NCEA has been a hot topic in the news lately, thanks to the Government’s review. Endless opinions have been offered up from teachers, from principals, from employers, from parents, from the government. However what seems to be missing, as is usually the case, is the voice of young people – the voice of students like myself, who are going through this system right now. So from the perspective of a learner, my number one frustration with NCEA is that we don’t learn for knowledge – we learn to pass.
The system of credits has propagated a culture of teaching and learning to the assessment. Throughout the year, internals and practice externals are constantly thrown at us. It’s a mind numbingly repetitive cycle – we spend a few weeks in class cramming in the learning, memorising facts, and figuring out just the right key words to say. The assessment comes, we regurgitate the content, then promptly forget all of it and move on to the next assessment. This quickfire, test-focused system means I don’t have the time to commit any of this information I’m learning to my long term memory.
Last year, at level 1, I got 142 excellence credits. On paper, according to NCEA, I’m a fantastic, intelligent student. However, I don’t think I could tell you any of the information I used to get those credits. Certainly not at an ‘excellent’ level. That’s because I’m not particularly good at math or english or science or any of the subjects I boast excellence credits in – I’m good at NCEA. I’m incredibly fortunate that I have a brain that works in the way that NCEA rewards. I can play the game well – I know exactly what to write, I know what the examiners want to see. At the end of the day all NCEA does, is teach students how to pass NCEA. We’re rushed through topic after topic, collecting credits but never meaningful information or skills that will stick with us past the assessment.
Basically, our hands are tied – we have no choice but to play into this system, to play the game of NCEA. To do anything else would be to fail, to not get those 80 credits and those endorsements. And at the end of the day, those things are what employers and universities and scholarship judges are looking at. It’s in no way the fault of the teachers either – they are forced to put aside their creativity and their zest for the subject, to teach us exactly how to pass a standard. I’ve met several teachers that are frustrated by this and want to explore topics with the students in their own way – but we’re all bound by the need to chase credits. I have teachers that will spend each lesson teaching us exactly how to answer exam questions, and going through the past papers and marking schedules to make sure we know precisely what is wanted. They’re by no means bad teachers – they just want us to succeed, and in the NCEA system success means getting those credits, getting that excellence grade. Unfortunately, it comes at the cost of true, deep learning. I don’t learn to draw my own conclusions – they are spoon fed to me. Solutions to problems are handed to me on a silver platter. This allows me to pass – but it isn’t useful for much else.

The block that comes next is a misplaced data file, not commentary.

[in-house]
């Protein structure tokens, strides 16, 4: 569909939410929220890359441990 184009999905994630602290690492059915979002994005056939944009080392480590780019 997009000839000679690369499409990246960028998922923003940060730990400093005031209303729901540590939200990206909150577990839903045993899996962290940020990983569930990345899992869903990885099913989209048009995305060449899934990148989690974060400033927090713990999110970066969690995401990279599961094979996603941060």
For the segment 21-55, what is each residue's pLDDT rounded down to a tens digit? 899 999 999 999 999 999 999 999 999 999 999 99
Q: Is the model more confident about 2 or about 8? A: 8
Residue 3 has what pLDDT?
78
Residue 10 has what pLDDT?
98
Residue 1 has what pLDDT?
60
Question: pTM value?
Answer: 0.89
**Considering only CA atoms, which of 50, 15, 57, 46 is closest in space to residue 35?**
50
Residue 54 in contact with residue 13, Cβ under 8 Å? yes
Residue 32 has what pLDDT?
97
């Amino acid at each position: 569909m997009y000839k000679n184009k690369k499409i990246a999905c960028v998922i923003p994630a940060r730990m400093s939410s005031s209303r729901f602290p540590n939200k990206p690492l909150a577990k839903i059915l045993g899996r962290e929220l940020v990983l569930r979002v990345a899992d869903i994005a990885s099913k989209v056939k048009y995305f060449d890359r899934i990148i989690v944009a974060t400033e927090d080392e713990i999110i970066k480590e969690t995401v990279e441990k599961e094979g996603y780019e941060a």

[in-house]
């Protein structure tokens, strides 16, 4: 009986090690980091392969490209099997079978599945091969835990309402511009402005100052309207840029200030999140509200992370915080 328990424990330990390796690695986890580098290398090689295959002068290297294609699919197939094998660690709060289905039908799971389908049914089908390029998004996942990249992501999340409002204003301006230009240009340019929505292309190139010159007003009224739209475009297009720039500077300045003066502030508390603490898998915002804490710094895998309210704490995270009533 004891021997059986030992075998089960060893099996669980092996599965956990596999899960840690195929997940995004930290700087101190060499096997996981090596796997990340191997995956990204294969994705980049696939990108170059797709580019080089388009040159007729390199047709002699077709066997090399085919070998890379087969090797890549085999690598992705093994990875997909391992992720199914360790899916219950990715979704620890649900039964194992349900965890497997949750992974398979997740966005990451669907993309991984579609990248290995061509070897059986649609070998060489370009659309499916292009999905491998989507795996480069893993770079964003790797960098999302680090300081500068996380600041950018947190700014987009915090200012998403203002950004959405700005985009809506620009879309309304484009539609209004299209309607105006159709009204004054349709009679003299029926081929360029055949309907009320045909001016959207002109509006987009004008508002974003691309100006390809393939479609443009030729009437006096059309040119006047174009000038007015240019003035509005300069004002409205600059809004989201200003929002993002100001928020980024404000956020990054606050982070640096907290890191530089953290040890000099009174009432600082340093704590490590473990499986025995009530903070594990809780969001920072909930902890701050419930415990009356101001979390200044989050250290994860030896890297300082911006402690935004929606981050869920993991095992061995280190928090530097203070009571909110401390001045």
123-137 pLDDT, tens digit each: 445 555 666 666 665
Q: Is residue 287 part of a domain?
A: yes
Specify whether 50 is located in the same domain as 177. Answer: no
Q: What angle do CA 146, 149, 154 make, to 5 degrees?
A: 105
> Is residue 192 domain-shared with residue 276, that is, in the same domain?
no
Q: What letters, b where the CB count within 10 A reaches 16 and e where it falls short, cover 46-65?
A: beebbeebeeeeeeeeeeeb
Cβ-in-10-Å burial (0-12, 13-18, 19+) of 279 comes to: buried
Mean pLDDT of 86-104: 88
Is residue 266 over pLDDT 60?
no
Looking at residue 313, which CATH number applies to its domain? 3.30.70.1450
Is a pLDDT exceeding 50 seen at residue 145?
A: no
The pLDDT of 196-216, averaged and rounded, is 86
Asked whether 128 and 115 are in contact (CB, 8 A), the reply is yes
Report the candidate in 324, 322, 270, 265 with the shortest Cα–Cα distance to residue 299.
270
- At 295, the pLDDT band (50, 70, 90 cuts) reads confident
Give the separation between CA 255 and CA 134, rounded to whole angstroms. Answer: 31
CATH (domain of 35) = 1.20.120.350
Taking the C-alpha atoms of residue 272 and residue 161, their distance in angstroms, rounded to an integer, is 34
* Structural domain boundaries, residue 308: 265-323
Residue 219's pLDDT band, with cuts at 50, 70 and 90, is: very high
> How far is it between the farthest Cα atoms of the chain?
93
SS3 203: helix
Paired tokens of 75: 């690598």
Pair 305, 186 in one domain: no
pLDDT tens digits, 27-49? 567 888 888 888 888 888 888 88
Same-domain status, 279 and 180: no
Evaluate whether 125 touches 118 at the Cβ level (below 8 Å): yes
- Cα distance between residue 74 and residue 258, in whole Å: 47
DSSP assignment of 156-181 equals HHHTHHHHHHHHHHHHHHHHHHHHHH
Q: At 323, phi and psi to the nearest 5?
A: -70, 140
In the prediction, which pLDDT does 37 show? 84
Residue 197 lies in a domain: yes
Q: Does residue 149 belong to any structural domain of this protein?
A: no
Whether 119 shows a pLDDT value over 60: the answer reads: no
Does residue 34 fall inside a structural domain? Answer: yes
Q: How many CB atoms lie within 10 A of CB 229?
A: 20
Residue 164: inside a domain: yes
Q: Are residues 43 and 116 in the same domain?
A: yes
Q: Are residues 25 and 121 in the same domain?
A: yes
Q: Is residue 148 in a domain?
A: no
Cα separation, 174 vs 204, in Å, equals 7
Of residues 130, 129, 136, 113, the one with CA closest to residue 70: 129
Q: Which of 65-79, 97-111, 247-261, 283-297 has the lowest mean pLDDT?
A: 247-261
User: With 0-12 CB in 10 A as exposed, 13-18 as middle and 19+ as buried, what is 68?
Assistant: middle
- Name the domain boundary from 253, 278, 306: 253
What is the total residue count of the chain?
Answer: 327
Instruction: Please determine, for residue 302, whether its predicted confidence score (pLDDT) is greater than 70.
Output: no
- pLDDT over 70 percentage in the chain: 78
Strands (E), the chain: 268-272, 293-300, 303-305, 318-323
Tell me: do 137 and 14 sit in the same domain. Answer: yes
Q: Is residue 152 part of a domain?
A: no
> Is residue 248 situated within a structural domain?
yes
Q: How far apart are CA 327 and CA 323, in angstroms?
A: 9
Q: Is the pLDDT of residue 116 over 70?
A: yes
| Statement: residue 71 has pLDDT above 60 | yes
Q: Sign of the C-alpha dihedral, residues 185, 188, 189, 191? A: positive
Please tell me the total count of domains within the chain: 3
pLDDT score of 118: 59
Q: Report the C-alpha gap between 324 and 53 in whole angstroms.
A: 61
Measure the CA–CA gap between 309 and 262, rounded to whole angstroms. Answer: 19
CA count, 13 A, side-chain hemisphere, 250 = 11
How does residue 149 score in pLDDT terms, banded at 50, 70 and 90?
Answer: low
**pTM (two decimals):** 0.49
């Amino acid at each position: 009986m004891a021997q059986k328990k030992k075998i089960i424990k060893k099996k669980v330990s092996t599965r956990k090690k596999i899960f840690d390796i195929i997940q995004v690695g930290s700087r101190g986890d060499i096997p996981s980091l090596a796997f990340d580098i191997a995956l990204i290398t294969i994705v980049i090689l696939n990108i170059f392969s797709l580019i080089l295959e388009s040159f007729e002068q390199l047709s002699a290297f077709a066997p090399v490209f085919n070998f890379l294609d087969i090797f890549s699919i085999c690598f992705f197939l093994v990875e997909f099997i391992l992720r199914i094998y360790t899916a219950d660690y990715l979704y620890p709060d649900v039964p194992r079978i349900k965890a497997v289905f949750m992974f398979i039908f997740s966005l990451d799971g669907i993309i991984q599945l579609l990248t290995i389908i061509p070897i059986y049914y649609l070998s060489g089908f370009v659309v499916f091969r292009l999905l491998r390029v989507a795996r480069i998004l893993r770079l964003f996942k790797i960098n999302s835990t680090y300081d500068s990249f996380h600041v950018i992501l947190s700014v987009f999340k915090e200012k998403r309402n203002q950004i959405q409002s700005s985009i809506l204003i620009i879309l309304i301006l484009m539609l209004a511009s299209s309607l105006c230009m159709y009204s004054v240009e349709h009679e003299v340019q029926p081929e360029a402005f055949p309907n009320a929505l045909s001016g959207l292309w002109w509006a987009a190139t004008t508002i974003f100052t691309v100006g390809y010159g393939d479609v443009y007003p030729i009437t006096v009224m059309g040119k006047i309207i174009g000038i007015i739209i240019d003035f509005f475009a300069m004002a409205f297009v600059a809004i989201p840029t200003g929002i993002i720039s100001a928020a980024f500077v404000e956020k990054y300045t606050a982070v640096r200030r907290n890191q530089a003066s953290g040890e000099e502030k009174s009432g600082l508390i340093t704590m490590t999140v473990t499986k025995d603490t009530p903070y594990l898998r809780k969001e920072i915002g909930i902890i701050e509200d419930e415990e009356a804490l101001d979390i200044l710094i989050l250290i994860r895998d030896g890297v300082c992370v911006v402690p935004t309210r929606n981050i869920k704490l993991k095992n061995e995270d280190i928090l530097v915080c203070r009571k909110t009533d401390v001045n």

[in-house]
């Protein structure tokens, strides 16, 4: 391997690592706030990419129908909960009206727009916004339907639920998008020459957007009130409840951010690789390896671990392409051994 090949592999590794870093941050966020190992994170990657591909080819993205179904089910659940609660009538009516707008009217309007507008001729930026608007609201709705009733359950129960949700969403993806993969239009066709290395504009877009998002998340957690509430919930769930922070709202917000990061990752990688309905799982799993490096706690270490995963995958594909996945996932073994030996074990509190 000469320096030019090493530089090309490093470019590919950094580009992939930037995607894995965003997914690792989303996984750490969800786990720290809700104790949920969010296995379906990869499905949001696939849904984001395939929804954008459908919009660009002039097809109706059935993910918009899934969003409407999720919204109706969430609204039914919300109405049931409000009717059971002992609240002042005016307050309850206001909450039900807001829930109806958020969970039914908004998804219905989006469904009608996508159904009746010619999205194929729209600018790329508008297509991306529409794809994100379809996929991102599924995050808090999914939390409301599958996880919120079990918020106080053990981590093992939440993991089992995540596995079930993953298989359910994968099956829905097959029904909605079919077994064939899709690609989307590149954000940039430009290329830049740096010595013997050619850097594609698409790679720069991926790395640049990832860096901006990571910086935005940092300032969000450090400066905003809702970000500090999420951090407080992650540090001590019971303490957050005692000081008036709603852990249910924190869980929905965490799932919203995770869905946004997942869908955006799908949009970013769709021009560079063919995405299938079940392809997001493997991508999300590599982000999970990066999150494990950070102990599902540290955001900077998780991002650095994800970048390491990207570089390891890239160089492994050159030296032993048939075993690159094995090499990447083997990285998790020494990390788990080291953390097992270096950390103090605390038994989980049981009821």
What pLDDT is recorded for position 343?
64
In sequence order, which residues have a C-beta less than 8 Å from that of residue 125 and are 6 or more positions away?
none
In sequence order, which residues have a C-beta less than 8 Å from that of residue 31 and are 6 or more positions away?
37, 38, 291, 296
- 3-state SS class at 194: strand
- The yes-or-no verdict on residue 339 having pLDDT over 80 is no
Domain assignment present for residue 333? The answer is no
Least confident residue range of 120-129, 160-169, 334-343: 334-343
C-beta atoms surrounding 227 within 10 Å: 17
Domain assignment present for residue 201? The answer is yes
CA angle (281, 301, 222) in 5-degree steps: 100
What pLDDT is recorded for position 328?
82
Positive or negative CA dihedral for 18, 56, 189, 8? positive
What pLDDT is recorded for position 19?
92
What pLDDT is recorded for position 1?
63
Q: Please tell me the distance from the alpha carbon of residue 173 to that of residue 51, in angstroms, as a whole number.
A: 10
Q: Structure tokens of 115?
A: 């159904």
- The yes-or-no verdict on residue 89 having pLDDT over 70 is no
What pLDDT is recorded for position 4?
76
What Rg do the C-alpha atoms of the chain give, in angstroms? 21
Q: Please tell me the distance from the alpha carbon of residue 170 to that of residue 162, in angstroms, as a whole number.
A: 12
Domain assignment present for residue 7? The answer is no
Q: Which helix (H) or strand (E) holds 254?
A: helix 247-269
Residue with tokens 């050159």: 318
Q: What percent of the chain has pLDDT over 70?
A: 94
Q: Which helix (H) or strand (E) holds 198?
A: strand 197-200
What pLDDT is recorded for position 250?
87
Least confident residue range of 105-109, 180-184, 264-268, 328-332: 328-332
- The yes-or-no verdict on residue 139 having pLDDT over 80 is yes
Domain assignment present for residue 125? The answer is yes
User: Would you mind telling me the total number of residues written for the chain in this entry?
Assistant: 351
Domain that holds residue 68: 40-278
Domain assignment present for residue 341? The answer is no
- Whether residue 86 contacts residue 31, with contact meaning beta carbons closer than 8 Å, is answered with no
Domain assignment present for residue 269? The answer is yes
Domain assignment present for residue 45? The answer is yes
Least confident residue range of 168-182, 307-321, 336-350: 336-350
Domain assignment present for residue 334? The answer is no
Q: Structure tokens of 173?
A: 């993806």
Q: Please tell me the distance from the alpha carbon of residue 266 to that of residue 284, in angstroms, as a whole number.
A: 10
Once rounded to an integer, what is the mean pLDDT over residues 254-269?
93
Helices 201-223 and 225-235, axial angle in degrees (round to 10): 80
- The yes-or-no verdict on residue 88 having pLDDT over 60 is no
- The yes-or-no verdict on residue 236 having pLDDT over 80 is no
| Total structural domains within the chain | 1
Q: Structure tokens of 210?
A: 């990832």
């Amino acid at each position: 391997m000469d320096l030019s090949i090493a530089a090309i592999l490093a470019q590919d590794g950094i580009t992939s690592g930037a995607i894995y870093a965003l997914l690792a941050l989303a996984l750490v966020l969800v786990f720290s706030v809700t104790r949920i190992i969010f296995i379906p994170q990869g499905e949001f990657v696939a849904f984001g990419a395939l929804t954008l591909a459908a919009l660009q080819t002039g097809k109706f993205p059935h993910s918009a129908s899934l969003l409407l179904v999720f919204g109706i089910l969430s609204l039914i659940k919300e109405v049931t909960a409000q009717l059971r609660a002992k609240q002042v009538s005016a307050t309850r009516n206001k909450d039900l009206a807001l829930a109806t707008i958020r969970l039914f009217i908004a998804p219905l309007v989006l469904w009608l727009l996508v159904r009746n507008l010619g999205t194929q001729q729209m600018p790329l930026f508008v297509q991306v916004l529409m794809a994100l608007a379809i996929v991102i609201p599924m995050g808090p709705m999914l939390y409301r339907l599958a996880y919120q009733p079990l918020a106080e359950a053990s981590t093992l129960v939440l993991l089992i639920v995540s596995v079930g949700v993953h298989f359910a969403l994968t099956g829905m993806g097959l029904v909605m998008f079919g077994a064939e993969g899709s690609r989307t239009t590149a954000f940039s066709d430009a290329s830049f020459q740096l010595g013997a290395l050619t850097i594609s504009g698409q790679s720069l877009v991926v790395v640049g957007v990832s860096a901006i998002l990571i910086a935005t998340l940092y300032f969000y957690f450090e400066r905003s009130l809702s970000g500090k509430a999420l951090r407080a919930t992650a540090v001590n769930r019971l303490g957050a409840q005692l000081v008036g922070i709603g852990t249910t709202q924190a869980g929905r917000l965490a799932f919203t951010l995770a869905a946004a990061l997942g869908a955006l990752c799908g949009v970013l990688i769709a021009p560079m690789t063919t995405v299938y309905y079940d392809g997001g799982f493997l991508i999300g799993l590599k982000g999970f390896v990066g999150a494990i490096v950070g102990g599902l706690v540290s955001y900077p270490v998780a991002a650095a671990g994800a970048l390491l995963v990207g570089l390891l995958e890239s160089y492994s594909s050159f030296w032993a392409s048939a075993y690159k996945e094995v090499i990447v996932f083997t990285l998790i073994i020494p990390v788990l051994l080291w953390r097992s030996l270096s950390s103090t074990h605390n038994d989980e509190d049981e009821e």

I hate this, this system of learning to the assessment, because I want to learn. I have a genuine desire to learn new things, to discover the world around me, to gain knowledge. I want my teachers to be able to be excited about their subjects again and excited to share their knowledge with me. I want to learn to think critically and to problem solve, not to memorise and regurgitate information. Most of all, I want to be able to explore topics that spark my interest, to learn for the sake of learning.
This review of NCEA brings me hope that change is coming – but change will only be achieved if the government listens to and takes on board the opinions and frustrations of students – and recognises that we truly do want to learn.
Kate is a Year 12 student from Canterbury. She enjoys music, languages, sunny days, and a good book.